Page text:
The OECD will deliver an action plan against tax avoidance by July as the world's top countries are getting fed up with multinationals gaming the rules to pay little to no taxes during times of austerity.
"We need to take actions which should be coordinated, comprehensive and quick," said Pascal Saint-Amans, head of tax policy at the Organisation for Economic Cooperation and Development, as a number of finance ministers were in Paris this week to discuss the issue.
"I am very confident that we can work together and make progress. This is very challenging work, more challenging than fighting tax evasion as it involves reforming the entire international tax system," added Angel Gurria, OECD chief.
The drive against aggressive tax avoidance comes as a number of recent cases of low taxes paid by multinationals such as Apple, Google, Amazon and Starbucks in countries where they have booming operations have provoked public indignation.
The companies have defended the arrangements they use, pointing out they are legal.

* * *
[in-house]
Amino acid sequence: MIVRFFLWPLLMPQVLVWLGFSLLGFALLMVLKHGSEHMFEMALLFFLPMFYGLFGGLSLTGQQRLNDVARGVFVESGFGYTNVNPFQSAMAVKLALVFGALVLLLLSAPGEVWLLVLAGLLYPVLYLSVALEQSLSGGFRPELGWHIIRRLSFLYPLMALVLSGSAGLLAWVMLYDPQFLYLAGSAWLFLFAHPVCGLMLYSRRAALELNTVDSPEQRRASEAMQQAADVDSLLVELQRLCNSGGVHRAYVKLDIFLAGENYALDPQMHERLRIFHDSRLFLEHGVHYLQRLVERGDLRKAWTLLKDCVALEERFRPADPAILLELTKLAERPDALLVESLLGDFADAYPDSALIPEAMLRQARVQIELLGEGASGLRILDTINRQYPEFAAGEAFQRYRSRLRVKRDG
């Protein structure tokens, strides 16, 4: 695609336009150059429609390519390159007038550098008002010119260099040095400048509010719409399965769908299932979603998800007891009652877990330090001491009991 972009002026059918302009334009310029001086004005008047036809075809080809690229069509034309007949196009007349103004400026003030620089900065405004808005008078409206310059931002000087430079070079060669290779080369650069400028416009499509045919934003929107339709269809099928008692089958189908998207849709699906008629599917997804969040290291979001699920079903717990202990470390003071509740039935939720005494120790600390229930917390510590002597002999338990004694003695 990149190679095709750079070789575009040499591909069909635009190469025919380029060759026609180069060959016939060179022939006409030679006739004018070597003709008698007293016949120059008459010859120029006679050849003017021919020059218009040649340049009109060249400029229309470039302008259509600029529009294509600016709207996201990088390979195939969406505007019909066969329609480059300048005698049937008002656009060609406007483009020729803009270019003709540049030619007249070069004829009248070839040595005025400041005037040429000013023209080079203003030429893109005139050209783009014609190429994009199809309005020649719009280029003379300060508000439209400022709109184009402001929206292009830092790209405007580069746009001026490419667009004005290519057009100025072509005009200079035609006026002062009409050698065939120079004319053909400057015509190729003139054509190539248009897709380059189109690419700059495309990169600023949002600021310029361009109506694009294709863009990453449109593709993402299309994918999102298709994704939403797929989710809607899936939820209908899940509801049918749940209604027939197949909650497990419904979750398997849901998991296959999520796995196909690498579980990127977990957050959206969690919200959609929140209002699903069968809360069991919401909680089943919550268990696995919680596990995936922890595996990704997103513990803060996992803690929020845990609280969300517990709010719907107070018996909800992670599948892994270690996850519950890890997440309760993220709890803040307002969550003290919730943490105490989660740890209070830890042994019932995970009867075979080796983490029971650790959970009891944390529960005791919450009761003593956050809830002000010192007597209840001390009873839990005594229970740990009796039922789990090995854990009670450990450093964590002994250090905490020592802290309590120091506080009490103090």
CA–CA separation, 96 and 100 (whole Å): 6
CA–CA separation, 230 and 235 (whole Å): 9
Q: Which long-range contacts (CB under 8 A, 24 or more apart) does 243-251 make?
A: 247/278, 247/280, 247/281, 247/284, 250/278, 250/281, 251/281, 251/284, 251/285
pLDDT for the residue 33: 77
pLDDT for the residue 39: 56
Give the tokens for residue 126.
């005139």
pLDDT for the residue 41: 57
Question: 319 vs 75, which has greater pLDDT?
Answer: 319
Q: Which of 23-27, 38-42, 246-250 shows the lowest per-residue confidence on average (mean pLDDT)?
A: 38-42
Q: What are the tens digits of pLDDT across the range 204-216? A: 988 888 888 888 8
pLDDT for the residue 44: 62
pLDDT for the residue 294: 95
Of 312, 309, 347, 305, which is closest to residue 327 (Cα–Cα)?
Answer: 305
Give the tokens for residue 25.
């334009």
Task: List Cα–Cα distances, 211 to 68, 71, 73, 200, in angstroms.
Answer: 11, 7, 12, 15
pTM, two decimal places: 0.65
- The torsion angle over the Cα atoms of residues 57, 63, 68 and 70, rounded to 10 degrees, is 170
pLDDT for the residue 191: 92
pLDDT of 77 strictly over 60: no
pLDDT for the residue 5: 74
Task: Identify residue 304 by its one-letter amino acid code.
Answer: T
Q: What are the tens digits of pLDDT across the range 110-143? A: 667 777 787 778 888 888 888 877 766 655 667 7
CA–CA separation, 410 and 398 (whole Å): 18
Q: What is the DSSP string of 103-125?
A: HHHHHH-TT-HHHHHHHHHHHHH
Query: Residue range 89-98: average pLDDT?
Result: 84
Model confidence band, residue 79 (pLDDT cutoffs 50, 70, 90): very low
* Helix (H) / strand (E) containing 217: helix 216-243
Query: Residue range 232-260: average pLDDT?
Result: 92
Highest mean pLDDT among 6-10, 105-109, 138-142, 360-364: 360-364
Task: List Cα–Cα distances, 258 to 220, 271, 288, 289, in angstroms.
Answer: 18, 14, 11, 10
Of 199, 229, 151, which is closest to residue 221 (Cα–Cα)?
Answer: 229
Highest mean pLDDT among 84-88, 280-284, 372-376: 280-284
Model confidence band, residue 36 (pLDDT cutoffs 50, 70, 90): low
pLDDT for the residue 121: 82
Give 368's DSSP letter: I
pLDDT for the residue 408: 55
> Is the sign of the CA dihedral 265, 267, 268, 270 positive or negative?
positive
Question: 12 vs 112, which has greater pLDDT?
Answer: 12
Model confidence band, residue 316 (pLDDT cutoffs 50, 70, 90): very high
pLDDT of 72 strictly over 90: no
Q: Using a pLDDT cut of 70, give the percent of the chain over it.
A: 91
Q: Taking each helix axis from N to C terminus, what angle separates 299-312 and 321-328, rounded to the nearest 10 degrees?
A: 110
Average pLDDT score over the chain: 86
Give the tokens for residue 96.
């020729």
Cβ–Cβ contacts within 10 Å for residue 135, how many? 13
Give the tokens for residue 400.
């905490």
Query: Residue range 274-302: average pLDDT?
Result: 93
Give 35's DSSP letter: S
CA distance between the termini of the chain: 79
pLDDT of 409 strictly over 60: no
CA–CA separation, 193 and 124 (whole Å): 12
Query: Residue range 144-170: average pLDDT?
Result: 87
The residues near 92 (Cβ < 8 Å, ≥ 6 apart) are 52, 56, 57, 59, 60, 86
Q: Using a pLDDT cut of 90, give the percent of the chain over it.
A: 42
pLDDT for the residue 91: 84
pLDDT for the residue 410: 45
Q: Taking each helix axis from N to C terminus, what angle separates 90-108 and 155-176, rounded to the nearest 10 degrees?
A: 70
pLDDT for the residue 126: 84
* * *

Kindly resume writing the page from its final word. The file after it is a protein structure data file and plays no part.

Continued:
The OECD, an advisory body to 34 advanced nations, published a report in February pointing out that international tax rules are failing to address the problem.
Amidst growing calls for action by governments, Saint-Amans said the OECD plans to move quickly to provide them with a blueprint.
In the crosshairs is the use of so-called hybrid mismatch arrangements that exploit the differences between tax laws between countries to lower the amount to be paid.
Apple came in for criticism from US lawmakers earlier this month for using a subsidiary that exploited loopholes to not declare a tax home and pay corporate tax on $30 billion in net income.
It also found Apple's Irish subsidiary negotiated a corporate tax rate of less than two percent.